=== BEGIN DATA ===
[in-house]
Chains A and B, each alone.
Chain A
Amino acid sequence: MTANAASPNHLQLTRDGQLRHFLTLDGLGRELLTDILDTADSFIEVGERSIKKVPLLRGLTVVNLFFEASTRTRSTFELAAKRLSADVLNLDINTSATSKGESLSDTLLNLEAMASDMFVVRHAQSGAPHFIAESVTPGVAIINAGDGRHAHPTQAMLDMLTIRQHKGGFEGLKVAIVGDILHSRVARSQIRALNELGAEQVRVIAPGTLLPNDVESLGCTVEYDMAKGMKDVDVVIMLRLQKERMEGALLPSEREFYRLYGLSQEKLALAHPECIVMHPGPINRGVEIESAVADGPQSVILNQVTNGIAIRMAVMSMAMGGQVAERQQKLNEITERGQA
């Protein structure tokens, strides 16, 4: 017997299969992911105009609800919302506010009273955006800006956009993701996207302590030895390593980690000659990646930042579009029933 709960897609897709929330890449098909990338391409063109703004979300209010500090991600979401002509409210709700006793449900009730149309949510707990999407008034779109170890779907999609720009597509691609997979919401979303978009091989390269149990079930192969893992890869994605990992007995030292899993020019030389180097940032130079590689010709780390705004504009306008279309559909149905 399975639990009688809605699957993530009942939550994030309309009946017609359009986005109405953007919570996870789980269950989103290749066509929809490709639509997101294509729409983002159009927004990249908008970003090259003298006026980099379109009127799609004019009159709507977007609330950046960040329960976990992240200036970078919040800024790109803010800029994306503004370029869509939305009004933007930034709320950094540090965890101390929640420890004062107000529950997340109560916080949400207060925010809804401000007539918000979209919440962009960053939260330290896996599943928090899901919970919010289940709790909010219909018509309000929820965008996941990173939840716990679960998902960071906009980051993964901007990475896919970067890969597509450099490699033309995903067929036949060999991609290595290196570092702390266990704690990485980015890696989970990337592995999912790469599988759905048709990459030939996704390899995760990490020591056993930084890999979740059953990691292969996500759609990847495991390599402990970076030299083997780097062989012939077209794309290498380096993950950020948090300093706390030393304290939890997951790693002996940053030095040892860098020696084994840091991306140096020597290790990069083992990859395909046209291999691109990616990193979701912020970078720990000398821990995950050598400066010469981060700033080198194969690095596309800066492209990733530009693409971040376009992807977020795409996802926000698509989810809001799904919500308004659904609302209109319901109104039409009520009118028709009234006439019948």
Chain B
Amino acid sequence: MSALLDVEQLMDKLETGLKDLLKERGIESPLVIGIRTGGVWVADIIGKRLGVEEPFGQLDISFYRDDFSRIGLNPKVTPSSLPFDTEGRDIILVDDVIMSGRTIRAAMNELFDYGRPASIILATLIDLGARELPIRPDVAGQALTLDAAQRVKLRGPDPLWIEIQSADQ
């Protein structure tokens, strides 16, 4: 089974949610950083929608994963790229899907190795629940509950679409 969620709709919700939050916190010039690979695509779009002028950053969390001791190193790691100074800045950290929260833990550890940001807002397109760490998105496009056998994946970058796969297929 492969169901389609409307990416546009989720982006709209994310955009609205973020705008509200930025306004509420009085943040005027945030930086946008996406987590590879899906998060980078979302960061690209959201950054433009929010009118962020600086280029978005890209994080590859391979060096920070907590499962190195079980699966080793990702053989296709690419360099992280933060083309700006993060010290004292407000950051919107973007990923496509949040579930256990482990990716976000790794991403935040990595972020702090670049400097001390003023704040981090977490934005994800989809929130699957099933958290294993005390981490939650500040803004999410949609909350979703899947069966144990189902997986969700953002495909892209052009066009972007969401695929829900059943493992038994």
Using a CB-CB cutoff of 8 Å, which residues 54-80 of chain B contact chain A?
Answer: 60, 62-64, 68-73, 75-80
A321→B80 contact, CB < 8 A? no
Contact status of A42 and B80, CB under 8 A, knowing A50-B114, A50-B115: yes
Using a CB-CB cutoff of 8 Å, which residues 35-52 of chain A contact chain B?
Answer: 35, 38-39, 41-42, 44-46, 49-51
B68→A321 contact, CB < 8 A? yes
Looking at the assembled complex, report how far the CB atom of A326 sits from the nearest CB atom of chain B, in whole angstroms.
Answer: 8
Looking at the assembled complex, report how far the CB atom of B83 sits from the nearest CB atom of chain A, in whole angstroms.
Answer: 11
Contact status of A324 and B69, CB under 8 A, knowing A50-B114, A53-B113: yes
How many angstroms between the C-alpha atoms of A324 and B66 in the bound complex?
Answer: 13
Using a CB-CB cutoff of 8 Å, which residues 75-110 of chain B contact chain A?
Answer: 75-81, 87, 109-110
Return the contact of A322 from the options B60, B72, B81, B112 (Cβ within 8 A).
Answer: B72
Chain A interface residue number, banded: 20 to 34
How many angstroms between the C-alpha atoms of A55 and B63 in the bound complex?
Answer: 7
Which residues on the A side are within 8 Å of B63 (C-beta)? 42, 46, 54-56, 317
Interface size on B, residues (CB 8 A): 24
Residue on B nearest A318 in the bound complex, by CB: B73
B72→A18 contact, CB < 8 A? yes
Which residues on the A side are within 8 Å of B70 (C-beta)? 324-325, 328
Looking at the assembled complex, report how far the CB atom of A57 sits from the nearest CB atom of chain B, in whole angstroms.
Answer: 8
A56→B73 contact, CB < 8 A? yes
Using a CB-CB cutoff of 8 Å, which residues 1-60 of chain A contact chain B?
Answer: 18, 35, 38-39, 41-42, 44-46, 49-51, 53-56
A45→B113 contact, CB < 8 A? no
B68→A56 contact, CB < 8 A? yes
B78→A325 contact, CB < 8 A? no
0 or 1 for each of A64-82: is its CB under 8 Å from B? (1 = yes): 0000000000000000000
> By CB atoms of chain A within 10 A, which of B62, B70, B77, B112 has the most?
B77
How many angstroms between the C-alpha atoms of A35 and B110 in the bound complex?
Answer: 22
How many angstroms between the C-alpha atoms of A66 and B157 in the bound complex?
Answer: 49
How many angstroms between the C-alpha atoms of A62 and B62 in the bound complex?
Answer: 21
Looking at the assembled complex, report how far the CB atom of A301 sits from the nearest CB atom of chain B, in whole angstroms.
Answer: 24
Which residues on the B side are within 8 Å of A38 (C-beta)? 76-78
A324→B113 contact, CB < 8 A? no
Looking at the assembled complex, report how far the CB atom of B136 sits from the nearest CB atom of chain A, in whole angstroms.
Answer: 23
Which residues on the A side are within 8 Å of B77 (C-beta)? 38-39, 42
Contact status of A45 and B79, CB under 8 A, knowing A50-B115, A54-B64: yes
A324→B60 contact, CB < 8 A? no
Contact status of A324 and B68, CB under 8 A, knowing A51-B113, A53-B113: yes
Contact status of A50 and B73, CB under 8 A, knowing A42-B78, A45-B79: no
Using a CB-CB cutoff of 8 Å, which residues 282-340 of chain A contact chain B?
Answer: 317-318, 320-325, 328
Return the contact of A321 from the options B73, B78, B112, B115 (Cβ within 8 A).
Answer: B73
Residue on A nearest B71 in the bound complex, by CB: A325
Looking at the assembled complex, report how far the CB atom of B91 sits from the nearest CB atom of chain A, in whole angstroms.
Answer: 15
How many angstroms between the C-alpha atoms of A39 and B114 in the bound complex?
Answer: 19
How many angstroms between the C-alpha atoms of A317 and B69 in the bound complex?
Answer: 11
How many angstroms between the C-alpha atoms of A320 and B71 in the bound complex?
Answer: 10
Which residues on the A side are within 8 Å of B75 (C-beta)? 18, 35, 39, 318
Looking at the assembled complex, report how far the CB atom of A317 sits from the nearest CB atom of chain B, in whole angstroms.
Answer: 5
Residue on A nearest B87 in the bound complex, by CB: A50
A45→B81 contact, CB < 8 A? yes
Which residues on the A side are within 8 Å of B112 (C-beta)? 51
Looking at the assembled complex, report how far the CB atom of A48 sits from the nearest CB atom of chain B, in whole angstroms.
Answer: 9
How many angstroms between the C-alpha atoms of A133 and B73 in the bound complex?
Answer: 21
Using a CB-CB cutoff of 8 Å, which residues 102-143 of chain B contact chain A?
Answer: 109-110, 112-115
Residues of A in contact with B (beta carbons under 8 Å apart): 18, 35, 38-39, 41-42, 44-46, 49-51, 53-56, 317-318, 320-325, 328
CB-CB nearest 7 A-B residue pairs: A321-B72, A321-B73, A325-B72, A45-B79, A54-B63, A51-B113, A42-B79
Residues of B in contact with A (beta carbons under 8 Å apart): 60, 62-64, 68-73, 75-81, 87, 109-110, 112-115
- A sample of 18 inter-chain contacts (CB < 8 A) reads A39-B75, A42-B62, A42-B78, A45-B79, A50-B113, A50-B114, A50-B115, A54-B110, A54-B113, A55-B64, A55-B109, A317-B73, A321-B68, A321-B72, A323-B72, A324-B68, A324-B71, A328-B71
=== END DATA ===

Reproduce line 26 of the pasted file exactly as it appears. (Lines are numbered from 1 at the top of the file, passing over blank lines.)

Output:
Answer: B72